UCC collaborate with the University of Helsinki and Reaktor, a Finnish technology company, to bring the “Elements of AI” Massive Open Online Course (MOOC) – at – a free online course through a dedicated portal. Aiming to encourage everyone, regardless of age or educational background, to learn the basics of AI, UCC award a certificate of completion for those who complete the course, which equips learners to become familiar with many key concepts from the field of AI. An Irish language version of the course has been created and will be formally launched in 2021, enabling more inclusivity for Irish learners.

UCC also host, on behalf of the European Commission, the web-based version of the Assessment List for Trustworthy AI (ALTAI), a checklist of questions for businesses and organisations to assess whether the AI system that is being developed, deployed, or procured adheres to the seven requirements of Trustworthy AI, as specified in the EU AI HLEG Ethics Guidelines.

The tool, available at:, supports all users wishing to assess their AI systems and products before and during their various development stages to use a dynamic checklist associated with the seven requirements of trustworthy AI. The EU Guidelines’ seven requirements are Human agency and oversight; Technical robustness and safety; Privacy and data governance; Transparency; Diversity, non-discrimination, and fairness; Environmental and societal well-being; and Accountability.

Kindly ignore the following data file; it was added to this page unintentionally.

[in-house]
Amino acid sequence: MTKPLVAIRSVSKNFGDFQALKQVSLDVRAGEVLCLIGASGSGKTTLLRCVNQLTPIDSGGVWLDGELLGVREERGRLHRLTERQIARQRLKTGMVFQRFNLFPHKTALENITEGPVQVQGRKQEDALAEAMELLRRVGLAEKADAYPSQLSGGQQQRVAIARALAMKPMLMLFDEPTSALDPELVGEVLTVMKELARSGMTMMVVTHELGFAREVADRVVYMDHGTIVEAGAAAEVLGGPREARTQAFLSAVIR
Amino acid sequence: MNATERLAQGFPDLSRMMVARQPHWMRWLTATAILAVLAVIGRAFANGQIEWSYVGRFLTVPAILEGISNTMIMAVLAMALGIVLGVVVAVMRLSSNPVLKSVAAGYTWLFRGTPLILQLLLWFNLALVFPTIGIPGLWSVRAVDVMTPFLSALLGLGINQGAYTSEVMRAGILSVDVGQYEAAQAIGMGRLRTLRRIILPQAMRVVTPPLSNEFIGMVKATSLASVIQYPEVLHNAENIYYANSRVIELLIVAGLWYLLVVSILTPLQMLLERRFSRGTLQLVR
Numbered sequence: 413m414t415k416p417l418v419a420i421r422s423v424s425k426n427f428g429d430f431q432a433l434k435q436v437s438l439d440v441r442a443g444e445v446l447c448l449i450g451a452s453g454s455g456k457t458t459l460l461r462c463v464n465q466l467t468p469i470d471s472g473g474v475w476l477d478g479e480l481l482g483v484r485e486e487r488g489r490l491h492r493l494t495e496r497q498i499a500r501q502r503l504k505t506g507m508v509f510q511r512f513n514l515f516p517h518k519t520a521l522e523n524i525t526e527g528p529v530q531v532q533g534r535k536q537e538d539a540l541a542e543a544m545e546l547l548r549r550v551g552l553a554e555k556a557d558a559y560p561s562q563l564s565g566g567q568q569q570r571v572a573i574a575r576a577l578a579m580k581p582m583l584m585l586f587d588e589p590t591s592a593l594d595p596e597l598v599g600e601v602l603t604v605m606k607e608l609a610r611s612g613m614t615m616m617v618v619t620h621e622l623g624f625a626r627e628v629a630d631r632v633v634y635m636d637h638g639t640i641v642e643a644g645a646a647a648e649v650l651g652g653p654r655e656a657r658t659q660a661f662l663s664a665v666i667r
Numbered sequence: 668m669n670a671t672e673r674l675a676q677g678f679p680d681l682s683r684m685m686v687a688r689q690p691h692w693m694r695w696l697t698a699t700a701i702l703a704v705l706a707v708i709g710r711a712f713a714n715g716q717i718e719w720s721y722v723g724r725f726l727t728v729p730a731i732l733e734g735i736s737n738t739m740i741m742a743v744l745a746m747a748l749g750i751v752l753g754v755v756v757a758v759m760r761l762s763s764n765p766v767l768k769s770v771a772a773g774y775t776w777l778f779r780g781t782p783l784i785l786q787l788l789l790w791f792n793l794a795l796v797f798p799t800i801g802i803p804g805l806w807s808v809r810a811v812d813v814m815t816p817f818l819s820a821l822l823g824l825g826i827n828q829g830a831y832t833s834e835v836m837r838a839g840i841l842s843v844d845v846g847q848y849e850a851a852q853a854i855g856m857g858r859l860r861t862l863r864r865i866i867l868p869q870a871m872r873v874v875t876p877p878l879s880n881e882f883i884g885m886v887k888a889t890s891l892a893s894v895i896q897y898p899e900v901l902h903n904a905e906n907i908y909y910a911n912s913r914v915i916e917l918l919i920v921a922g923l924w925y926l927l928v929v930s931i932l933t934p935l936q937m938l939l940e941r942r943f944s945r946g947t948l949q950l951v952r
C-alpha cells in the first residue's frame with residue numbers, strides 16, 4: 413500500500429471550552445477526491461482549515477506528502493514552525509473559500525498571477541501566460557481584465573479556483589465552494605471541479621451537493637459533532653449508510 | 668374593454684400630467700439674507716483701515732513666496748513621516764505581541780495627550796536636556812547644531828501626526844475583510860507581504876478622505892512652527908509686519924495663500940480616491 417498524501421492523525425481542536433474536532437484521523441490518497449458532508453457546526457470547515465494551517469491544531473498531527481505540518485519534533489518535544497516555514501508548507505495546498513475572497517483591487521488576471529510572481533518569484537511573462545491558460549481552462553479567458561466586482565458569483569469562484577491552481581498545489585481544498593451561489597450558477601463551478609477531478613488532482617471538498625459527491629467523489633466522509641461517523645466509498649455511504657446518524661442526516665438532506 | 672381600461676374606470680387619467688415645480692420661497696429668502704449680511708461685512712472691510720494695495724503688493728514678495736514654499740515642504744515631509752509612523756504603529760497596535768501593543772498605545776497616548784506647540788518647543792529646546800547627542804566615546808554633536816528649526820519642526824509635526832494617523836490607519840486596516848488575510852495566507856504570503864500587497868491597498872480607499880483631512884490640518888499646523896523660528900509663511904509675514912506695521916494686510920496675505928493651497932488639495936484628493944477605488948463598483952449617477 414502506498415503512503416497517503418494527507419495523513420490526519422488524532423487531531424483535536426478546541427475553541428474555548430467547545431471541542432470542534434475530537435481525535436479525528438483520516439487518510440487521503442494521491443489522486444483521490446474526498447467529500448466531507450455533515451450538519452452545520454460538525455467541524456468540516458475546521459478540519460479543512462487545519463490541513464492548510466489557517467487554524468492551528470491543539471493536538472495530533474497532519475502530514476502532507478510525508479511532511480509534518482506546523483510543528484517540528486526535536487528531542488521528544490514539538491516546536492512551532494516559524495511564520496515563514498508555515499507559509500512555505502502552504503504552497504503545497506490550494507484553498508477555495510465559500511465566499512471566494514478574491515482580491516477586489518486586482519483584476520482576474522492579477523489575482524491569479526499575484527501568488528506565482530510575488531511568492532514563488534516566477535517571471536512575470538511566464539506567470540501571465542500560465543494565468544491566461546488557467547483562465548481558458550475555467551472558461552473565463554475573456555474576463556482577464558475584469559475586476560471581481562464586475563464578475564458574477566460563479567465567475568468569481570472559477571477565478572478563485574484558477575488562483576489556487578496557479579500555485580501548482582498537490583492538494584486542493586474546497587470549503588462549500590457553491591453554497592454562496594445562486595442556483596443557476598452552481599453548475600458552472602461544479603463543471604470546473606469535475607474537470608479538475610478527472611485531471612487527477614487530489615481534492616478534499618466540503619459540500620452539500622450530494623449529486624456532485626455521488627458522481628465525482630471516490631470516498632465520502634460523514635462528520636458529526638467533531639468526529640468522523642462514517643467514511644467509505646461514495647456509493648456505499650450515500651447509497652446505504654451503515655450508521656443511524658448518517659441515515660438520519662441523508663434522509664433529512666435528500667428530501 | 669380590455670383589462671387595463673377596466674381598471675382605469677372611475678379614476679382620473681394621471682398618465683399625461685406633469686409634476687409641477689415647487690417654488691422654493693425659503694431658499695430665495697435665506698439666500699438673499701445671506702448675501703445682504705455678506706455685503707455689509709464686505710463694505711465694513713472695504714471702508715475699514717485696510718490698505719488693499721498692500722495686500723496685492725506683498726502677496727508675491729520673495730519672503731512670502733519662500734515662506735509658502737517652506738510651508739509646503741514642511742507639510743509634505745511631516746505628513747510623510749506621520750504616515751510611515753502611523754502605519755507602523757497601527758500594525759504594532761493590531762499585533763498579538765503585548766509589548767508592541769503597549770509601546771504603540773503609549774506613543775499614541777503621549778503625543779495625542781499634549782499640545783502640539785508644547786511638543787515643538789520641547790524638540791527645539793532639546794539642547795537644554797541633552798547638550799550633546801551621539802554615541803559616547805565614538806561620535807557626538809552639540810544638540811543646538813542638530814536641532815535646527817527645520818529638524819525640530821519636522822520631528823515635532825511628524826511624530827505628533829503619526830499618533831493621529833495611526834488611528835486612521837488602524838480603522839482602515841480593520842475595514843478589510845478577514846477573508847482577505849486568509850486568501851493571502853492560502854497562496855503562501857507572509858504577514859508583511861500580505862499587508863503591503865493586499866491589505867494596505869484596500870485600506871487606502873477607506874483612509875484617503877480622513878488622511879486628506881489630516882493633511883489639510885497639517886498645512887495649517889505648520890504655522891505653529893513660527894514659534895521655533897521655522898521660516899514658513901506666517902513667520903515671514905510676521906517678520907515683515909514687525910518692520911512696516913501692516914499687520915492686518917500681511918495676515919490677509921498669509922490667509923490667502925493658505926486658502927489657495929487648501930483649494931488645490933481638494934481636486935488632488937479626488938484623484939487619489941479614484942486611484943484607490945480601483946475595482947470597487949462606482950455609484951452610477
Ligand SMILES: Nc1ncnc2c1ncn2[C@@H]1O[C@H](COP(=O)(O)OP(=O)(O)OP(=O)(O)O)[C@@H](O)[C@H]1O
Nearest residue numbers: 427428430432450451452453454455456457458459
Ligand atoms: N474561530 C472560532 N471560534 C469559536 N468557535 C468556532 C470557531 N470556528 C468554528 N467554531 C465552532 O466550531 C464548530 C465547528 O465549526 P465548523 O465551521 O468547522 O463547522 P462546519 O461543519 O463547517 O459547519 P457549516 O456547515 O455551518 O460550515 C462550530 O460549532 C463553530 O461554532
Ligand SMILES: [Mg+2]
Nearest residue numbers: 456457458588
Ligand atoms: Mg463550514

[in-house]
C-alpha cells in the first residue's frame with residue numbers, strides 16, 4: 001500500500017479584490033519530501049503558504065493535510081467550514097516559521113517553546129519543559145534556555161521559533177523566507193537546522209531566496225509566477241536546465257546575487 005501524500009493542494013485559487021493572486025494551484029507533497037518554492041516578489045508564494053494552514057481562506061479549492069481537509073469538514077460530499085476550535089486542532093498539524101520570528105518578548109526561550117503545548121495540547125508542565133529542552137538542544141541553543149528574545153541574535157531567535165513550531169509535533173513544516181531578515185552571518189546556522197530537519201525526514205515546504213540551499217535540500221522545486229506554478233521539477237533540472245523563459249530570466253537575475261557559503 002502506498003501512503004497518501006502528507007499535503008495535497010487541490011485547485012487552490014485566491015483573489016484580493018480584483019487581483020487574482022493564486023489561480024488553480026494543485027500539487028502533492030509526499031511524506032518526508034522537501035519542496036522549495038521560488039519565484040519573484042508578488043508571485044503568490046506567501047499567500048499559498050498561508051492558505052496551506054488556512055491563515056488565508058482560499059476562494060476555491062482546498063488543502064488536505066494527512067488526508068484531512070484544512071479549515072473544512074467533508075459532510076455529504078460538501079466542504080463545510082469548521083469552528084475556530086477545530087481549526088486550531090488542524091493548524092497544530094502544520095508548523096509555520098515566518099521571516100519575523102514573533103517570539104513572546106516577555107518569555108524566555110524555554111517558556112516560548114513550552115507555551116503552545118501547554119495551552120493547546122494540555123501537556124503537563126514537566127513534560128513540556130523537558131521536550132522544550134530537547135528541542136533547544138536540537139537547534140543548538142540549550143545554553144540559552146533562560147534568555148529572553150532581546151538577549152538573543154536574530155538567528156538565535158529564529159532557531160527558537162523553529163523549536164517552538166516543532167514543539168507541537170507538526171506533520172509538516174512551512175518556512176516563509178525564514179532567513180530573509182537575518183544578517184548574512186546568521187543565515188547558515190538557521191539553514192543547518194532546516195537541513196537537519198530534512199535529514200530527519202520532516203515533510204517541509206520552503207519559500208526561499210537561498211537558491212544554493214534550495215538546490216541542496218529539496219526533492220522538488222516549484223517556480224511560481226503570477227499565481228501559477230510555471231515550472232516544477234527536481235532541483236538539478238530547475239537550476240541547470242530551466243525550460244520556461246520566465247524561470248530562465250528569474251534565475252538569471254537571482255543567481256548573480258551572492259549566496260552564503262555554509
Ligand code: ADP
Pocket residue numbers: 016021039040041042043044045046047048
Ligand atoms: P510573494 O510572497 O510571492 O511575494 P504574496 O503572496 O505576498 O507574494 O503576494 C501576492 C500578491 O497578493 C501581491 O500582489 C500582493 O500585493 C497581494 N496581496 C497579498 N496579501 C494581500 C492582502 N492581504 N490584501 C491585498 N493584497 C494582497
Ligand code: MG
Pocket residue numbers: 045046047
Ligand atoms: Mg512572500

“At UCC, we're ready to deliver on the expectations set out for us by [the] Government in [the] Ireland's National AI Strategy to support the responsible and ethical use and governance of all AI developed for and used by the public service in Ireland,” wrote Prof O’Sullivan in response to a coordinated approach to AI adoption by the public service set out in the Strategy.

UCC is also home to the Science Foundation Ireland Centre for Research Training in Artificial Intelligence which has funding to support 120 PhD students to study AI. The CRT-AI is one of six such centres. The SFI CRTs represent a €104 million investment from Science Foundation Ireland. Collaborations include eleven different higher education institutions from across Ireland, and over 90 industry partners which include large, multinational corporations, SMEs and private foundations.

Ireland’s National AI Strategy encourages universities, technology institutes and colleges to take a coordinated approach to deliver AI education and training programmes while employers will be assisted to expand workplace-focused AI upskilling and reskilling, including through apprenticeships, Skillnet Ireland training programmes and enterprise partnership schemes.

On infrastructures that support the National AI Strategy, the Irish government also outlined its plans to create world-class data, digital and connectivity infrastructures for driving AI development and adoption in Ireland, where it positioned as a trustworthy data governance hub. The Government also intends to make more public sector data openly, safely, and securely available and will facilitate the development of trusted data sharing mechanisms and research environments to enable access to data and collaboration across different organisations

Edited by
Long Pham
Published on